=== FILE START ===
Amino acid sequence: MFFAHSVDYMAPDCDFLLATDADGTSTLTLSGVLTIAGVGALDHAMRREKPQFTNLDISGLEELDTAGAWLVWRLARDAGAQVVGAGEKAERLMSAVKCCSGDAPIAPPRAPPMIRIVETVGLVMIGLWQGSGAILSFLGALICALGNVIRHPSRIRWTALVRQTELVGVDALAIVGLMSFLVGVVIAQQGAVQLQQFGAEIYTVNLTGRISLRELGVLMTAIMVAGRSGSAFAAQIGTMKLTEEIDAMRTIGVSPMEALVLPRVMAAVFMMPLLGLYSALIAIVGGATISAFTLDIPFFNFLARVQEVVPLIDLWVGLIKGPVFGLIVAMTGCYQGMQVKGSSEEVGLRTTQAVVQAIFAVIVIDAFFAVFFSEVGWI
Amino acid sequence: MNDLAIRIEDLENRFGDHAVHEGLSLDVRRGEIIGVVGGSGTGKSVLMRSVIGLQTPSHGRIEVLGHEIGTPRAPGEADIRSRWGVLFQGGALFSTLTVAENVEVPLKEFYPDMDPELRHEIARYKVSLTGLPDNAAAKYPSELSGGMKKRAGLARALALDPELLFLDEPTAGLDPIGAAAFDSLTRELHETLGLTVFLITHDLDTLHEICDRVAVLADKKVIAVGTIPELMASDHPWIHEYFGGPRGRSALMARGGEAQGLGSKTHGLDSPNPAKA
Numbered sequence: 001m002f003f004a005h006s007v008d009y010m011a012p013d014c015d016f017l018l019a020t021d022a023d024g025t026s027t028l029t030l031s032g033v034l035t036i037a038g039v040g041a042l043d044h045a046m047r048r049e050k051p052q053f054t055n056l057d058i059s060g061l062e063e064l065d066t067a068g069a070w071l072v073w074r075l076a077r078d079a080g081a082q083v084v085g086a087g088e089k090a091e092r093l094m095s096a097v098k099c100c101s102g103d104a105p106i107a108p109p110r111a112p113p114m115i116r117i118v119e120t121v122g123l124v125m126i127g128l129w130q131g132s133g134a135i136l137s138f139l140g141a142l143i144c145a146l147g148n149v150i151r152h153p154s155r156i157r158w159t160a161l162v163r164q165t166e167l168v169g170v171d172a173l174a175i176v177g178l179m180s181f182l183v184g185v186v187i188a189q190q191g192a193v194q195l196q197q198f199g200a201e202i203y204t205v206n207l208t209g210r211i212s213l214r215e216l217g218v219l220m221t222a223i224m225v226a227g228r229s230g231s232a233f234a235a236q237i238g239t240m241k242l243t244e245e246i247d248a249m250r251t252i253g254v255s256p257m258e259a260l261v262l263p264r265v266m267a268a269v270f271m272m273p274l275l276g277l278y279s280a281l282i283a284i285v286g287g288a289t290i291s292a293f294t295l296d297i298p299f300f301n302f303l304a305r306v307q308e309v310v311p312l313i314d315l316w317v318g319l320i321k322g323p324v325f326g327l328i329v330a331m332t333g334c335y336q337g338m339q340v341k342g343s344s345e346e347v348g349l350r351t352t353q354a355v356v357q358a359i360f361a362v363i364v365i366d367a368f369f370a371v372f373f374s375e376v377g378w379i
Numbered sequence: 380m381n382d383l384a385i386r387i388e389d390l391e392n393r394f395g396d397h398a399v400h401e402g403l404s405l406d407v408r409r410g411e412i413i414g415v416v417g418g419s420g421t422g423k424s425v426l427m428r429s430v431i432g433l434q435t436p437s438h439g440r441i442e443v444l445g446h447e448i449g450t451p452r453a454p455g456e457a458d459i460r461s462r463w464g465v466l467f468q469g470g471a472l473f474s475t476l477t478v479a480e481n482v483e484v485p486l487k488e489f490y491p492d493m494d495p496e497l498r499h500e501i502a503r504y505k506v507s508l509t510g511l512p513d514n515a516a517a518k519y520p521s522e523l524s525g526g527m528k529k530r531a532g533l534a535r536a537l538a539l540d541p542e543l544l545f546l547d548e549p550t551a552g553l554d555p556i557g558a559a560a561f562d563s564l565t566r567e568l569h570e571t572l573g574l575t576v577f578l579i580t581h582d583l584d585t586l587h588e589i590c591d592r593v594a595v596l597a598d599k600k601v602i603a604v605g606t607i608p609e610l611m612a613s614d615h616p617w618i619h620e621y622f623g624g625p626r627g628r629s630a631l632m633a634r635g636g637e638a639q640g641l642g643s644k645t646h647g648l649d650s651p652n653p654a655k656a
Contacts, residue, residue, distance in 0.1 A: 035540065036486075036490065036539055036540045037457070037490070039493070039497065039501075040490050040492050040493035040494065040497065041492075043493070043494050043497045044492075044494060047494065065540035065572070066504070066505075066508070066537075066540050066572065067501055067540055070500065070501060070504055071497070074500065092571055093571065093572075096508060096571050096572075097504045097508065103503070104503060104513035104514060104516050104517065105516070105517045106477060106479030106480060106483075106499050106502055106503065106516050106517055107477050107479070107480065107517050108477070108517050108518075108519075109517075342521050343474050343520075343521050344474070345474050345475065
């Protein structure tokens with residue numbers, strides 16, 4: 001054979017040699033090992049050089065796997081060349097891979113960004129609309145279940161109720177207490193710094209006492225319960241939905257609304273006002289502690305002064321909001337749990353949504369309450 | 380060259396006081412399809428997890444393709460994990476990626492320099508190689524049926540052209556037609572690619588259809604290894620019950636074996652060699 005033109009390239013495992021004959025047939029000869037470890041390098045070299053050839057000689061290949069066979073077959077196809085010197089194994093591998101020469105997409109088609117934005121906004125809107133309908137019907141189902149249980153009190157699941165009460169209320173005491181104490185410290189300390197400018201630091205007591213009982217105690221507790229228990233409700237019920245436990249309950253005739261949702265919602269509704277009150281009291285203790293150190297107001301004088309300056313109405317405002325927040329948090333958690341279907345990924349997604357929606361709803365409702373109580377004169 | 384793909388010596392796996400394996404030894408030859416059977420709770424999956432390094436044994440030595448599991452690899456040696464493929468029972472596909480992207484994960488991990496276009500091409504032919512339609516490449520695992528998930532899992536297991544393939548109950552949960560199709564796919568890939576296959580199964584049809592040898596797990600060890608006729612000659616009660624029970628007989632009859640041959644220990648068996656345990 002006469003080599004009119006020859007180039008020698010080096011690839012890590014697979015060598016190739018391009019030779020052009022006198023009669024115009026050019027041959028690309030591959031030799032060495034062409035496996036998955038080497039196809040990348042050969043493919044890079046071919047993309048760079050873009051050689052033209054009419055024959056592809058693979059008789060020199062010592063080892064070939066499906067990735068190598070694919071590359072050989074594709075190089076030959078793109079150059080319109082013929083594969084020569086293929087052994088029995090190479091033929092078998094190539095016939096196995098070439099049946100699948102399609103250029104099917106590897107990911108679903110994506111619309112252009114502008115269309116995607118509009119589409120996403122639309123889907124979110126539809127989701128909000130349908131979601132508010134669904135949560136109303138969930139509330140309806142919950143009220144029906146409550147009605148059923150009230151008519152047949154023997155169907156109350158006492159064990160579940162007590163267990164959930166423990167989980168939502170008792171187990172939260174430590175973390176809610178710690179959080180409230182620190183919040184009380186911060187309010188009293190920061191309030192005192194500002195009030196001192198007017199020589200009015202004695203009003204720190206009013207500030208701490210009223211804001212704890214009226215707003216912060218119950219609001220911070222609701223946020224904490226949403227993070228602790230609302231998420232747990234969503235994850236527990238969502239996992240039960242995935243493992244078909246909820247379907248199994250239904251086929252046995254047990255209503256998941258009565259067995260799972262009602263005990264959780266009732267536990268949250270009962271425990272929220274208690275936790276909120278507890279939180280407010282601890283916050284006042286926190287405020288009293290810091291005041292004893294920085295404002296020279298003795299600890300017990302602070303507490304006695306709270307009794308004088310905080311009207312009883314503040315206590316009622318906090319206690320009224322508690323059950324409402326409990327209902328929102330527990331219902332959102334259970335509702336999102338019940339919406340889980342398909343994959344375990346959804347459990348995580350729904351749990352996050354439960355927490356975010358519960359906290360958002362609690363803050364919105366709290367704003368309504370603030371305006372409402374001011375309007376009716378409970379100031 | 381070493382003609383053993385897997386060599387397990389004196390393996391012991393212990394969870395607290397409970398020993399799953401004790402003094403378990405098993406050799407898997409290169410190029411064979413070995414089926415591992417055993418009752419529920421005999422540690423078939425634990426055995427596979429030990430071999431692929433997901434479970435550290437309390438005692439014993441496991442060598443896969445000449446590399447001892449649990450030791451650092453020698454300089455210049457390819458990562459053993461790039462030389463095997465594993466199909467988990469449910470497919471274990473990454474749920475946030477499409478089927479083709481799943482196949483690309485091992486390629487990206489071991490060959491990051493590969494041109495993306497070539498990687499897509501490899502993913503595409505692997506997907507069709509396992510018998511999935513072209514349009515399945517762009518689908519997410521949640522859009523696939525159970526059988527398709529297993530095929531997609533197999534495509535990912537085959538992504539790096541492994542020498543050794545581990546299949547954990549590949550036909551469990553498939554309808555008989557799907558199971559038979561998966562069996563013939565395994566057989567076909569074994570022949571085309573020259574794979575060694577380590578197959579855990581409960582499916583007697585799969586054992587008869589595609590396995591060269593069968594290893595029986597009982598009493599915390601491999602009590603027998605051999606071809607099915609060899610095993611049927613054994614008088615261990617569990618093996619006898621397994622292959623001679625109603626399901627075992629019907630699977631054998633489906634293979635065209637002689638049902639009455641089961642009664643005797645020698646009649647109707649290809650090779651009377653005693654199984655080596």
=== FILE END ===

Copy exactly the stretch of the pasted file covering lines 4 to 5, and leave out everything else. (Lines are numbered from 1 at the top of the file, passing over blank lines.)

Numbered sequence: 380m381n382d383l384a385i386r387i388e389d390l391e392n393r394f395g396d397h398a399v400h401e402g403l404s405l406d407v408r409r410g411e412i413i414g415v416v417g418g419s420g421t422g423k424s425v426l427m428r429s430v431i432g433l434q435t436p437s438h439g440r441i442e443v444l445g446h447e448i449g450t451p452r453a454p455g456e457a458d459i460r461s462r463w464g465v466l467f468q469g470g471a472l473f474s475t476l477t478v479a480e481n482v483e484v485p486l487k488e489f490y491p492d493m494d495p496e497l498r499h500e501i502a503r504y505k506v507s508l509t510g511l512p513d514n515a516a517a518k519y520p521s522e523l524s525g526g527m528k529k530r531a532g533l534a535r536a537l538a539l540d541p542e543l544l545f546l547d548e549p550t551a552g553l554d555p556i557g558a559a560a561f562d563s564l565t566r567e568l569h570e571t572l573g574l575t576v577f578l579i580t581h582d583l584d585t586l587h588e589i590c591d592r593v594a595v596l597a598d599k600k601v602i603a604v605g606t607i608p609e610l611m612a613s614d615h616p617w618i619h620e621y622f623g624g625p626r627g628r629s630a631l632m633a634r635g636g637e638a639q640g641l642g643s644k645t646h647g648l649d650s651p652n653p654a655k656a
Contacts, residue, residue, distance in 0.1 A: 035540065036486075036490065036539055036540045037457070037490070039493070039497065039501075040490050040492050040493035040494065040497065041492075043493070043494050043497045044492075044494060047494065065540035065572070066504070066505075066508070066537075066540050066572065067501055067540055070500065070501060070504055071497070074500065092571055093571065093572075096508060096571050096572075097504045097508065103503070104503060104513035104514060104516050104517065105516070105517045106477060106479030106480060106483075106499050106502055106503065106516050106517055107477050107479070107480065107517050108477070108517050108518075108519075109517075342521050343474050343520075343521050344474070345474050345475065